What Is It?
Arnica Montana Flower The mixture of substances drawn out of a material by solution, heat, or another physical or chemical process. is a dark brown clear liquid made from the flowers of the plant Arnica montana. In cosmetics and personal care products, Arnica Montana and Arnica Montana Flower Extract are used in the formulation of a variety of product types, including skin care products, skin fresheners, shampoos, conditioners and hair care products
Why Is It Used?
Arnica Montana and its Flower Extract enhance the appearance of dry or damaged skin by reducing flaking and restoring suppleness.
Arnica Montana is a generic term used to describe plant material derived from the dried flowers, roots, or rhizomes of the plant, Arnica montana. Arnica Montana Flower Extract is an extract of the flowerheads of this plant. Common names for A. montana include leopard’s bane, mountain tobacco, mountain snuff, and wolf’s bane. Arnica Montana has been used in traditional and medicine for its anti-inflammatory properties.
The Food and Drug Administration (FDA) includes Arnica montana flowers on its list of natural flavoring substances permitted for direct addition to food. The safety of Arnica Montana and its Flower Extract has been assessed by the The Cosmetic Ingredient Review (CIR) was established in 1976 as an independent safety review program for cosmetic ingredients. The CIR Expert Panel consists of independent experts in dermatology, toxicology, pharmacolgy and veterinary medicine. The CIR includes participation by the U.S. Food & Drug Administration and the Consumer Federation of America. (CIR) Expert Panel. The CIR Expert Panel evaluated the scientific data and concluded that additional data were needed to determine whether Arnica Montana Flower Extract and Arnica Montana were either safe or unsafe for use in cosmetics and personal care products.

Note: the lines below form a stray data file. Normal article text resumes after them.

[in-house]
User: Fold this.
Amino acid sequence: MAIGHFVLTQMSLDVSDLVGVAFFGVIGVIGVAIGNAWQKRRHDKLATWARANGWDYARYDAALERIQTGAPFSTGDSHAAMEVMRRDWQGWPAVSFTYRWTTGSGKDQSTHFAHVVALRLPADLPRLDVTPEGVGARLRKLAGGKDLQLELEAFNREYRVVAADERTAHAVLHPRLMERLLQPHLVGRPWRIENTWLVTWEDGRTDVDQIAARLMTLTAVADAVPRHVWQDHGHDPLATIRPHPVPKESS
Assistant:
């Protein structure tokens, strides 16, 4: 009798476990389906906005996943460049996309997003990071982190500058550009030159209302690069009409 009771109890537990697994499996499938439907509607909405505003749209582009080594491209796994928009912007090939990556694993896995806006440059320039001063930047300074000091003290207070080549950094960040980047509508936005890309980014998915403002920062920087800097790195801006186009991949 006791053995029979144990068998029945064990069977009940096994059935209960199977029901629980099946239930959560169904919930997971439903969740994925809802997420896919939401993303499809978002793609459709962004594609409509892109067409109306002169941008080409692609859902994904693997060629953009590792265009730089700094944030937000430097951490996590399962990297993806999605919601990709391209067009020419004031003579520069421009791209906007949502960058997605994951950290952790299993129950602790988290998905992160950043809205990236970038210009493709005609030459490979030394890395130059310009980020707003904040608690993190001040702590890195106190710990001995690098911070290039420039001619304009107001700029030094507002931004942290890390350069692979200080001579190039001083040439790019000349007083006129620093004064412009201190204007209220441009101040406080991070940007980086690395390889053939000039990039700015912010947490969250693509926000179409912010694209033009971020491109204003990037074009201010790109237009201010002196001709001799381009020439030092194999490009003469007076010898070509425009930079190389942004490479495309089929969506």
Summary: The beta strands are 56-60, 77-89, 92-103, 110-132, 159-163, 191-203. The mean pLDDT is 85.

CIR Safety Review: Extracts of Arnica montana were tested and found not toxic in acute toxicity tests; they were not irritating, sensitizing or phototoxic to skin; and they did not produce significant ocular irritation. In a mutagenicity test in bacteria, an extract of A. montana was mutagenic, possibly related to the flavenoid content of the extract. No carcinogenicity or reproductive/developmental toxicity data were available. Clinical tests of extractions failed to elicit irritation or sensitization, yet Arnica dermatitis is reported in individuals who handle arnica flowers and may be caused by sesquiterpene lactones found in the flowers.
Ingestion of A. montana-containing products induced severe gastroenteritis, nervousness, accelerated heart rate, muscular weakness, and death. These data were not considered sufficient to assess the safety of these ingredients.
The CIR Expert Panel requested additional information about concentration of use in cosmetic products, genotoxicity, and reproductive and developmental toxicity data.
Link to FDA Code of Federal Regulations for Arnica flowers
Arnica Montana may be used in cosmetics and personal care products marketed in Europe according to the Under the general provisions of the cosmetics regulation of the EU, ingredients appearing on the following function-specific annexes must comply with the listed restrictions and/or specifications: colorants (Annex IV), preservatives (Annex V), UV filters (Annex VI) and other ingredients with specific concentration limits and/or other restrictions (Annex III). Ingredients specifically prohibited from use in cosmetic products are listed in Annex II. Other ingredients listed in the EU cosmetic ingredient database (CosIng) may be used without restrictions..
Link to the EU Cosmetic Regulation:
More Scientific Information
The composition of Arnica montana extracts can include fatty acids, especially palmitic, linoleic, myristic, and linolenic acids, essential oils, triterpenic alcohols, sesquiterpene lactones, sugars, phytosterols, phenol acids, tannins, choline, inulin, phulin, arnicin, flavonoids, carotenoids, and coumarins. The components present in these extracts are dependent on where the plant is grown. Techniques for preparing Arnica Montana Flower Extract include hydroalcoholic maceration and gentle disintegration in soybean oil. Propylene glycol and butylene glycol extractions were also reported.
Search the Code of Federal Regulations http://www.accessdata.fda.gov/scripts/cdrh/cfdocs/cfcfr/cfrsearch.cfm
EU Cosmetics Inventory http://ec.europa.eu/consumers/cosmetics/cosing/